Module Contents



HTTP request handler base class.


Base class for various socket-based server classes.


The base class from which all management commands ultimately

class oioioi.workers.management.commands.start_receive_from_workers.ServerHandler(request, client_address, server)[source]

Bases: http.server.BaseHTTPRequestHandler

HTTP request handler base class.

The following explanation of HTTP serves to guide you through the code as well as to expose any misunderstandings I may have about HTTP (so you don’t need to read the code to figure out I’m wrong :-).

HTTP (HyperText Transfer Protocol) is an extensible protocol on top of a reliable stream transport (e.g. TCP/IP). The protocol recognizes three parts to a request:

  1. One line identifying the request type and path

  2. An optional set of RFC-822-style headers

  3. An optional data part

The headers and data are separated by a blank line.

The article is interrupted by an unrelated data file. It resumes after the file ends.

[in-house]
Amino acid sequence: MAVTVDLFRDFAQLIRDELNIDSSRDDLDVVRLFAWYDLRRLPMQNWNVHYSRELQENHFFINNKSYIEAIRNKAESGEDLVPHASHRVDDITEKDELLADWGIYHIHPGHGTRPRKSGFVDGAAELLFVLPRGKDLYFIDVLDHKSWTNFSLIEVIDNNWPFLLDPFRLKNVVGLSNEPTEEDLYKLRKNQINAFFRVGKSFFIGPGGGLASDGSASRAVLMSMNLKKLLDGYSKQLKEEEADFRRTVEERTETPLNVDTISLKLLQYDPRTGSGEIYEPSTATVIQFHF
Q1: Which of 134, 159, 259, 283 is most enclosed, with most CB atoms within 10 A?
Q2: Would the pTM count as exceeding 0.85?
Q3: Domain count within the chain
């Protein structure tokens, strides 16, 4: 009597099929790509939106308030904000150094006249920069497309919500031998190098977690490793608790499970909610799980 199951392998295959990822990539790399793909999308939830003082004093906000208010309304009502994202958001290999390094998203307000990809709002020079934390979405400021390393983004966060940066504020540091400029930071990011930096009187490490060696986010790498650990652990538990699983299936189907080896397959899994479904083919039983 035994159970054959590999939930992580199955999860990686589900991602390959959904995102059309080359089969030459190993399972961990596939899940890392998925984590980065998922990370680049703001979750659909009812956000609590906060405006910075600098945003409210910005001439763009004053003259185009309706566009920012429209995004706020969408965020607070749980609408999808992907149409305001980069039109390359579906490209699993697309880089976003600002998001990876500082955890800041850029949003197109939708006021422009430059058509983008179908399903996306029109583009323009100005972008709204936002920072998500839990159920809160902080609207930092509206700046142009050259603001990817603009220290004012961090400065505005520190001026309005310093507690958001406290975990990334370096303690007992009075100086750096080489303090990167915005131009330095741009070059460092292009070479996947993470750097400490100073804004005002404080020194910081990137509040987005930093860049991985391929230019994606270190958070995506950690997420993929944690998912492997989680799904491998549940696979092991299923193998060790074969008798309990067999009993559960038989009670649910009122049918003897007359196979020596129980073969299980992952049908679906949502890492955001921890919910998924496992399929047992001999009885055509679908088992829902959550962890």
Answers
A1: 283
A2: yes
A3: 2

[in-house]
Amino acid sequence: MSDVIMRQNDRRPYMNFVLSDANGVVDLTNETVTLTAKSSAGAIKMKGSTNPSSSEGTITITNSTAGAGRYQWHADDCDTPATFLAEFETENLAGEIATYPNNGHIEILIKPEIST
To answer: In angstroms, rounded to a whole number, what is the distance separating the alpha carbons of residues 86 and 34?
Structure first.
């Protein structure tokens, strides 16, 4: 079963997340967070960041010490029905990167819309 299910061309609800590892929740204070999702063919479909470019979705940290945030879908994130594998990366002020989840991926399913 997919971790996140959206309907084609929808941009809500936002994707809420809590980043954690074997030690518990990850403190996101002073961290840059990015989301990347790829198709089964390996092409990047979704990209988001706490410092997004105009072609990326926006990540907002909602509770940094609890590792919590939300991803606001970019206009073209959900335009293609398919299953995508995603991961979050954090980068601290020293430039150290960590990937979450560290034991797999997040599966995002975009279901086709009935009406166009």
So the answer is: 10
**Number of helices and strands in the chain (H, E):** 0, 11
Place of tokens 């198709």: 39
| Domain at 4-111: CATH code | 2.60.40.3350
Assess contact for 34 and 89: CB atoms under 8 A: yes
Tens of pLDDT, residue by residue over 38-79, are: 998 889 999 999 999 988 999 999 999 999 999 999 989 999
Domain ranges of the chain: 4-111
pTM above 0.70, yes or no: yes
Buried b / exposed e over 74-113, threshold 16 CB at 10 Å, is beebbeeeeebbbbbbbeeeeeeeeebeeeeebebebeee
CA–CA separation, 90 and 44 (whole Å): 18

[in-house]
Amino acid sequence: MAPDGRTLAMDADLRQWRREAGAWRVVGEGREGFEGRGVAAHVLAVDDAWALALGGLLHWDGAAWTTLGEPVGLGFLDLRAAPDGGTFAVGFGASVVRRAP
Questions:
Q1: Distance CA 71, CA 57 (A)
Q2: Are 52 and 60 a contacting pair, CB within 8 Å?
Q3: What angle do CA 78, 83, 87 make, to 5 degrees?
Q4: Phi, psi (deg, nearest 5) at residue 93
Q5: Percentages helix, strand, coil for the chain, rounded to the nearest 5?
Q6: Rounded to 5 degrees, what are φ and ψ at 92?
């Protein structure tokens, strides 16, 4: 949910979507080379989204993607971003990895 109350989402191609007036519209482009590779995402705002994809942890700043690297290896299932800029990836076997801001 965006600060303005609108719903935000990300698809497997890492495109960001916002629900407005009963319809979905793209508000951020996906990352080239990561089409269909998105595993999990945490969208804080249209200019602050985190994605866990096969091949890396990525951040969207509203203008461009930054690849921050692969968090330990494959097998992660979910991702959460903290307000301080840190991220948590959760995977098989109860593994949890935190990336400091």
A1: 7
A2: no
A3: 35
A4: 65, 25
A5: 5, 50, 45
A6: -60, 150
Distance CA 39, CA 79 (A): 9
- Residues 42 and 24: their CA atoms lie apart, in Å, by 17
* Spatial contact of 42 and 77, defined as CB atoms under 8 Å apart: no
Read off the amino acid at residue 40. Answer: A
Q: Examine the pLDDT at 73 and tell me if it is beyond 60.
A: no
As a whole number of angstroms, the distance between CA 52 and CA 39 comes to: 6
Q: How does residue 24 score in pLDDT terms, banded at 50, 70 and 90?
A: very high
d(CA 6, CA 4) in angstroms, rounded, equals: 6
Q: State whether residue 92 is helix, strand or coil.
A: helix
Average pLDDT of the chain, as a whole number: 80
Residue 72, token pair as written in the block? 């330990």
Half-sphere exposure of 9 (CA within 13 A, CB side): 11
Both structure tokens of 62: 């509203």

The first line of the request has the form

<command> <path> <version>

where <command> is a (case-sensitive) keyword such as GET or POST, <path> is a string containing path information for the request, and <version> should be the string “HTTP/1.0” or “HTTP/1.1”. <path> is encoded using the URL encoding scheme (using %xx to signify the ASCII character with hex code xx).

The specification specifies that lines are separated by CRLF but for compatibility with the widest range of clients recommends servers also handle LF. Similarly, whitespace in the request line is treated sensibly (allowing multiple spaces between components and allowing trailing whitespace).

Similarly, for output, lines ought to be separated by CRLF pairs but most clients grok LF characters just fine.

If the first line of the request has the form

<command> <path>

(i.e. <version> is left out) then this is assumed to be an HTTP 0.9 request; this form has no optional headers and data part and the reply consists of just the data.

The reply form of the HTTP 1.x protocol again has three parts: